The Butterfield Bermuda Championship Trophy
The Butterfield Bermuda Championship trophy is made from Bermuda cedar. There isn’t much that could be more Bermudian than Bermuda cedar. This sturdy, aromatic indigenous tree formed a cornerstone of early British settlement in the islands. When English settlers came to Bermuda in the 1600s they found cedar trees growing abundantly. Soon they put this majestic wood to use, building houses, ships, churches, furniture and even a cedar prison in St. George’s.
In 1944 Bermuda cedars suffered a tragedy when a form of fungus, attacked the trees. Ten years later, 90 percent of Bermuda cedars were gone. Reforestation took place over many years, but still today old, well-cured cedar logs are very rare.
To honour their special day Bermudian newlyweds plant a cedar tree as a symbol of their growing life together and often have a sapling on the top of their wedding cake.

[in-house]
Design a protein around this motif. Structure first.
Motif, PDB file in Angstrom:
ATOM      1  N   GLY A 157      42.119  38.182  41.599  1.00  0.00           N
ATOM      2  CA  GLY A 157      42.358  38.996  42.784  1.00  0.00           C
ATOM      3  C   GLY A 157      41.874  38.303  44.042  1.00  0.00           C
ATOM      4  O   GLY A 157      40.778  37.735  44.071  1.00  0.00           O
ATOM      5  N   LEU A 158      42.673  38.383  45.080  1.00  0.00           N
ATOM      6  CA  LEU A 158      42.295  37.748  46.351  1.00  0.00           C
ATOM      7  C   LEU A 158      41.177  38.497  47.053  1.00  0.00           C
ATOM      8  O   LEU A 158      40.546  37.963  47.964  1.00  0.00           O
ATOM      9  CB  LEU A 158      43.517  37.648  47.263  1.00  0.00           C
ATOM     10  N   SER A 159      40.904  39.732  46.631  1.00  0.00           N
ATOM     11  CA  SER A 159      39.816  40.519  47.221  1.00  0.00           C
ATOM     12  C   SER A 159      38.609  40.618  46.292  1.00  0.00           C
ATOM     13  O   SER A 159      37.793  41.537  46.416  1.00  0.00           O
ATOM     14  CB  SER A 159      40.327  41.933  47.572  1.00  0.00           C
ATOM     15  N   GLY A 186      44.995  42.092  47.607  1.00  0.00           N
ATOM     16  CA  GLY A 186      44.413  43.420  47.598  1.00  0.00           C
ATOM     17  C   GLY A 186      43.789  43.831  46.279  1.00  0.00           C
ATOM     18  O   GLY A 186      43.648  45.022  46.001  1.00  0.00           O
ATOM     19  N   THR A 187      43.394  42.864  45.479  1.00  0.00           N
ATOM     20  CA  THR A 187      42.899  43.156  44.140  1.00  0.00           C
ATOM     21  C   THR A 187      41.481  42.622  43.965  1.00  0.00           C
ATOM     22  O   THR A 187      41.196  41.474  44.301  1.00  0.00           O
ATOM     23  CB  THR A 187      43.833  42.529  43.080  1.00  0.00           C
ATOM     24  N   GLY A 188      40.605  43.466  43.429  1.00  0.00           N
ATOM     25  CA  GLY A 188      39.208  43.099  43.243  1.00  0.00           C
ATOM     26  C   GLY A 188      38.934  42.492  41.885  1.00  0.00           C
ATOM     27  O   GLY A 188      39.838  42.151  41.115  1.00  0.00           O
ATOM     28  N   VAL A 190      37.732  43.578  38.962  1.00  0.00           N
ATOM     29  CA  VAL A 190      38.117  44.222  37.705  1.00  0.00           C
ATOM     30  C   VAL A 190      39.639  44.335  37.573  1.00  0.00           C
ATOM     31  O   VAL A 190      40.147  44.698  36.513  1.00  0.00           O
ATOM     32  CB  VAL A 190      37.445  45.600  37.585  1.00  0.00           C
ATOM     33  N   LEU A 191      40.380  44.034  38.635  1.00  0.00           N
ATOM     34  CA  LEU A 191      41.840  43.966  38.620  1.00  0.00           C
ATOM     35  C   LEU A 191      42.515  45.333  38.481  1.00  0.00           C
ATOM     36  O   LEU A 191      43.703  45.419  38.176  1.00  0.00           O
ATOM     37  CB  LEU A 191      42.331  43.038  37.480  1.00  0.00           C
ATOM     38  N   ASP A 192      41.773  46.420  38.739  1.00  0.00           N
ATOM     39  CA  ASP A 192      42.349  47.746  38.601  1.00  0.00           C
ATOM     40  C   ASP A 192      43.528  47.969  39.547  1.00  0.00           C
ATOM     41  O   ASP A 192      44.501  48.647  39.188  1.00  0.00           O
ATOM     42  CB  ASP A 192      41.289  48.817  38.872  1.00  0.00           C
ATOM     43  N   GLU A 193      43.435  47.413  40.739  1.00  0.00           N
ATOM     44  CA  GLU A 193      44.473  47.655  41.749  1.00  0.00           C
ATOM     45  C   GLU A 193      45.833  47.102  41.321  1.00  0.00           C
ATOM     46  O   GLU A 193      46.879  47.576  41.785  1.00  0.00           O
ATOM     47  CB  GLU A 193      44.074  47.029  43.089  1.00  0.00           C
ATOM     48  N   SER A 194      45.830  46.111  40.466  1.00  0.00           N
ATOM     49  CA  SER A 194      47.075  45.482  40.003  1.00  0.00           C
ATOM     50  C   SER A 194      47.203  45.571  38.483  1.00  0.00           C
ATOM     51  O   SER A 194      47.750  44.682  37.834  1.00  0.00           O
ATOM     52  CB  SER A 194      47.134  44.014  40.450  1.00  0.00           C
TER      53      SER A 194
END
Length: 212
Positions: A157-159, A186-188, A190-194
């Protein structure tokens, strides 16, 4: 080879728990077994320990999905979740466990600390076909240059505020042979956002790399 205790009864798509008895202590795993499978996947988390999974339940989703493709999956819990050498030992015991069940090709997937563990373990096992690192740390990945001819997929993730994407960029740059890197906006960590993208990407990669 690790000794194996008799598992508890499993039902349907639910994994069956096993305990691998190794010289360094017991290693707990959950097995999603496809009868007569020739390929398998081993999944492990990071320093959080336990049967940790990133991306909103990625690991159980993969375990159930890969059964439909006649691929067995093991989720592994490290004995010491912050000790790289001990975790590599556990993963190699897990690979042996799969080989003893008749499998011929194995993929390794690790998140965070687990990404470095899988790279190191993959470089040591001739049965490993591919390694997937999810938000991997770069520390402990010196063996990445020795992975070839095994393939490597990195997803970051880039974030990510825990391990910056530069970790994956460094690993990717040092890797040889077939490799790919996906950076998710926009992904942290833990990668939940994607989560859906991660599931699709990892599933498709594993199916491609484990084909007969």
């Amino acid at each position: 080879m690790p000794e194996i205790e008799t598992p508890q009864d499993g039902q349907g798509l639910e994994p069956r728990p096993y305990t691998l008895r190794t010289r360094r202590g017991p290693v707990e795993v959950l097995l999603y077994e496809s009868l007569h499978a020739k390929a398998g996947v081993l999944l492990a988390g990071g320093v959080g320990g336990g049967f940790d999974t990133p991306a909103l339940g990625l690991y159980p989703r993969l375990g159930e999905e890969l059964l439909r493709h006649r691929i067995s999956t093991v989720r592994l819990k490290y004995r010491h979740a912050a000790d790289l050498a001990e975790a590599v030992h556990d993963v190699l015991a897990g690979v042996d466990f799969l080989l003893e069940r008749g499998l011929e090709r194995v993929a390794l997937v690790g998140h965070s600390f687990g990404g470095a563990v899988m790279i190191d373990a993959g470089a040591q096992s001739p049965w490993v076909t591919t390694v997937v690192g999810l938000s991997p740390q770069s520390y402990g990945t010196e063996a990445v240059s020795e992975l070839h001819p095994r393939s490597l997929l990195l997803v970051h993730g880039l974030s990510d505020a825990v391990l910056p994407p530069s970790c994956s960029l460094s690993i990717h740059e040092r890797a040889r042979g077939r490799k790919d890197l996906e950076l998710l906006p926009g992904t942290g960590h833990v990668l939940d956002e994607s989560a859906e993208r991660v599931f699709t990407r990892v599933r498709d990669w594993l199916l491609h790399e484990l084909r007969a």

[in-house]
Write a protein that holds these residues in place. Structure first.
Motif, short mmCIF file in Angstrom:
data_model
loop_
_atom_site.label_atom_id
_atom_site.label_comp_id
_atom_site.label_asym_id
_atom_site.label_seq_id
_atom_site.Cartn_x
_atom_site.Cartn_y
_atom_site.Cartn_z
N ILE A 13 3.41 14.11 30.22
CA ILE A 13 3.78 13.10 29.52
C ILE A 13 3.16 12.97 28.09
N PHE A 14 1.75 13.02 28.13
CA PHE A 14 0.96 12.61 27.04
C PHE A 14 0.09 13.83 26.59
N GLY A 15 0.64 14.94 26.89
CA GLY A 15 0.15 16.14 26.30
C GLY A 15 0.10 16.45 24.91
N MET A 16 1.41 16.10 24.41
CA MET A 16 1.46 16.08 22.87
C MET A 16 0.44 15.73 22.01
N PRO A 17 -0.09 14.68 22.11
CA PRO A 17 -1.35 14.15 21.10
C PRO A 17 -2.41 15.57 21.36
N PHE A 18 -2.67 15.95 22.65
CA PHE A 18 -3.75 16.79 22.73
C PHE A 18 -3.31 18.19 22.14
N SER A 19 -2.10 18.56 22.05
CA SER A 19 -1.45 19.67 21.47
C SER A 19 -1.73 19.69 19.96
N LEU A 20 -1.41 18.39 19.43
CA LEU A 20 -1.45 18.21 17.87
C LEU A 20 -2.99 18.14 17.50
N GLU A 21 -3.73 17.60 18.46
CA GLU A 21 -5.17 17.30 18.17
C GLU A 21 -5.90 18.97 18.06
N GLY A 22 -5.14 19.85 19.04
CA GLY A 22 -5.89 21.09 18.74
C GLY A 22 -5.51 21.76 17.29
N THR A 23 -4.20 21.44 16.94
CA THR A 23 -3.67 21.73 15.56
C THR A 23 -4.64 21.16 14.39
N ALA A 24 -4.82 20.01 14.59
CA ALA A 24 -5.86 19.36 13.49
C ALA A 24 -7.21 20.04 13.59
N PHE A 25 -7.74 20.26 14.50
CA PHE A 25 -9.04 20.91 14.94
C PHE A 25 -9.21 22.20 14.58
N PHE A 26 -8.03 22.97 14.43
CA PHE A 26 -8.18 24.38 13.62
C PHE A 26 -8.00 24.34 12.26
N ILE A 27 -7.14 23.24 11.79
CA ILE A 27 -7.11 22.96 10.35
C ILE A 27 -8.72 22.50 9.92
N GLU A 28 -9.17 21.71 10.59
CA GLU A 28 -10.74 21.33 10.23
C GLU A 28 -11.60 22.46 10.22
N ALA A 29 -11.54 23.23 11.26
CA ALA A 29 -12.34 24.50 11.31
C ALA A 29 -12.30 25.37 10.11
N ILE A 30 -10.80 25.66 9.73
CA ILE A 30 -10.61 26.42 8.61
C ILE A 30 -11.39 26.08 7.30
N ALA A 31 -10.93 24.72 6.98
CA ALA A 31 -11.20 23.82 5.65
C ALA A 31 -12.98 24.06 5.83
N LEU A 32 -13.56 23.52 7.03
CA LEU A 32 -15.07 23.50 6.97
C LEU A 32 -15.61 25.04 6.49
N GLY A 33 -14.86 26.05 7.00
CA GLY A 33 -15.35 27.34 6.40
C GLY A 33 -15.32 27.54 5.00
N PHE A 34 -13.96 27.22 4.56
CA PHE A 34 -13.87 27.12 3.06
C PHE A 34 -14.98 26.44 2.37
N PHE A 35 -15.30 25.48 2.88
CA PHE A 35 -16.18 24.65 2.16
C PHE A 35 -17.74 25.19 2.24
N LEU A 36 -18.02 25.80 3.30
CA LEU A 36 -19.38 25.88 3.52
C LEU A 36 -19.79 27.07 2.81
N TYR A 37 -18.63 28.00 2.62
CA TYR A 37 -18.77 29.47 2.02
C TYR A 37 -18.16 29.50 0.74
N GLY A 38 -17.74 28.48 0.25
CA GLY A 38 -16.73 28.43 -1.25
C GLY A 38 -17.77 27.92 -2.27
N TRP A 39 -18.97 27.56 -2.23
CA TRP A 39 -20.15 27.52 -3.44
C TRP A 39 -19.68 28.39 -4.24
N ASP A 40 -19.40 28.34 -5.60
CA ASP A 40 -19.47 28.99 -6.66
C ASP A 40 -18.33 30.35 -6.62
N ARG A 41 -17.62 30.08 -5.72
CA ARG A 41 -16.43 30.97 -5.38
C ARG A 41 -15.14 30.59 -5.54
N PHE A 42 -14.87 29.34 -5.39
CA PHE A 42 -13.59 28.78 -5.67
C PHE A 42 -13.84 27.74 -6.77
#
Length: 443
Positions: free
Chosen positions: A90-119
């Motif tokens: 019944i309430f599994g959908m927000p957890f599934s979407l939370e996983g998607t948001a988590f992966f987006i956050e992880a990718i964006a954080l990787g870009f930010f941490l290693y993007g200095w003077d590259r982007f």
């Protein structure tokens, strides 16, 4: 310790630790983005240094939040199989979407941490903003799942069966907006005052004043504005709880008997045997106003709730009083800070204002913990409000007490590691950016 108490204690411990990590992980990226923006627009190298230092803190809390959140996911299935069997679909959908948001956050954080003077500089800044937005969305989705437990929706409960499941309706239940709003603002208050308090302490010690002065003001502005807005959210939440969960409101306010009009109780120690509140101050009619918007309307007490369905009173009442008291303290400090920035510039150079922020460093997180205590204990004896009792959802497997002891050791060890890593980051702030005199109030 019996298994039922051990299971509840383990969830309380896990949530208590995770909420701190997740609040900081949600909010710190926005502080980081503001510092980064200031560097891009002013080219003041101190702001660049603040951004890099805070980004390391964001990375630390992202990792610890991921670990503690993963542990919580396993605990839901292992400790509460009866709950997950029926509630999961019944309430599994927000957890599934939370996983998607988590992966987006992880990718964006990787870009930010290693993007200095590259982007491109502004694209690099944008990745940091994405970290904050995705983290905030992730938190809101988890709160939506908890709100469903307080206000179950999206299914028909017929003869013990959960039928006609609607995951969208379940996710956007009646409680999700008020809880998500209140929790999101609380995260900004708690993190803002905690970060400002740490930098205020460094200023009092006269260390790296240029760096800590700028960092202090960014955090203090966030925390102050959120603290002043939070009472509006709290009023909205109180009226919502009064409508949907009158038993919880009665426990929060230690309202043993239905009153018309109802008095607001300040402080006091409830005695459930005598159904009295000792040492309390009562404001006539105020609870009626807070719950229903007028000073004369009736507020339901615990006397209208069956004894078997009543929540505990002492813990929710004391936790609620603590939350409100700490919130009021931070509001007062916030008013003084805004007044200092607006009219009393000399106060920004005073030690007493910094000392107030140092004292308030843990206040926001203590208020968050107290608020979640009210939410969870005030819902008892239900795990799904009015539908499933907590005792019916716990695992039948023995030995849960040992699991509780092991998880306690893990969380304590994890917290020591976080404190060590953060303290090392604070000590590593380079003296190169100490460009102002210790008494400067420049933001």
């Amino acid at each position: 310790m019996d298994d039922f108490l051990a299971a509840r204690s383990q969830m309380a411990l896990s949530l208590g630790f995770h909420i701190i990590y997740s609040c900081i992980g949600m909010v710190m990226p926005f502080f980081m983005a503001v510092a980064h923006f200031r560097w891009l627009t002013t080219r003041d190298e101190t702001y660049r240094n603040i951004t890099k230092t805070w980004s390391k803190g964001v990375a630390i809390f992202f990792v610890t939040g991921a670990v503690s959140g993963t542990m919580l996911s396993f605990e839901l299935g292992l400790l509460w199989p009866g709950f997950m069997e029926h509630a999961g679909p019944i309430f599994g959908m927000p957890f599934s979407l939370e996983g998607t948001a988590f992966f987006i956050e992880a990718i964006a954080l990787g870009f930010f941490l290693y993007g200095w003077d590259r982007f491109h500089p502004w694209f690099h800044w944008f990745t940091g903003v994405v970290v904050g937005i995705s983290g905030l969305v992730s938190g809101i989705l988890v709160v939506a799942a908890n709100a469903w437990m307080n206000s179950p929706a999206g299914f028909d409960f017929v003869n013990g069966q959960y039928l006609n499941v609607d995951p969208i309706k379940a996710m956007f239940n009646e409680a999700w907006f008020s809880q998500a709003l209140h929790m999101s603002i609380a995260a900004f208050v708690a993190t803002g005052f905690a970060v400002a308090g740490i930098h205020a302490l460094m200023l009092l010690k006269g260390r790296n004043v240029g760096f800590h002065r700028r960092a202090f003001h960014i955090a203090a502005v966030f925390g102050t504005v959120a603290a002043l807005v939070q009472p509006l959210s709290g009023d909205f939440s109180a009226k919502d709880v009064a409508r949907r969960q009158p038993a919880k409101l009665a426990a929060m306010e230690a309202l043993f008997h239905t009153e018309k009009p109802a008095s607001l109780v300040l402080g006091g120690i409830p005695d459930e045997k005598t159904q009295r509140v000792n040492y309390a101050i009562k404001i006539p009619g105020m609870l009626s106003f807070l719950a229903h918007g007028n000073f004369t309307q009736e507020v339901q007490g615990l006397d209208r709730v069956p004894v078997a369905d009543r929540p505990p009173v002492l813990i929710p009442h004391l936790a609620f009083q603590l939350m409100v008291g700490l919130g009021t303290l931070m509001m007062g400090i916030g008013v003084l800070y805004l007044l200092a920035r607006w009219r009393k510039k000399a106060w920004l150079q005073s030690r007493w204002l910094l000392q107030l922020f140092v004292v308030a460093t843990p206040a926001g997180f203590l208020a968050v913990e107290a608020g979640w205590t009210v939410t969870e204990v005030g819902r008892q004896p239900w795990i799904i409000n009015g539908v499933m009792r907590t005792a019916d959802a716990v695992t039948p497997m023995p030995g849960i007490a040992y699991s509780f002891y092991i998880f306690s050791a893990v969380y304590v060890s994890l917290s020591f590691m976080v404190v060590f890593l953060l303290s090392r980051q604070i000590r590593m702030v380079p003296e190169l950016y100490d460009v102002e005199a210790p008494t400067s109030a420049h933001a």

The Butterfield Bermuda Championship trophy was made by carpenter Clarence Benjamin Lee. Now 73, Mr. Lee started working at Village Carpentry at the age of 15 as an apprentice and never left.
Village Carpentry was started by George Trott in 1935 and taken over by Jeremy Johnson in 1980. Although they have made many special pieces for prominent Bermudians, none were as special as the pair of cedar chairs given to Prince Charles and Lady Diana as a gift from Bermuda celebrating their nuptials.
Mr. Lee was honoured to make the trophy for the Championship.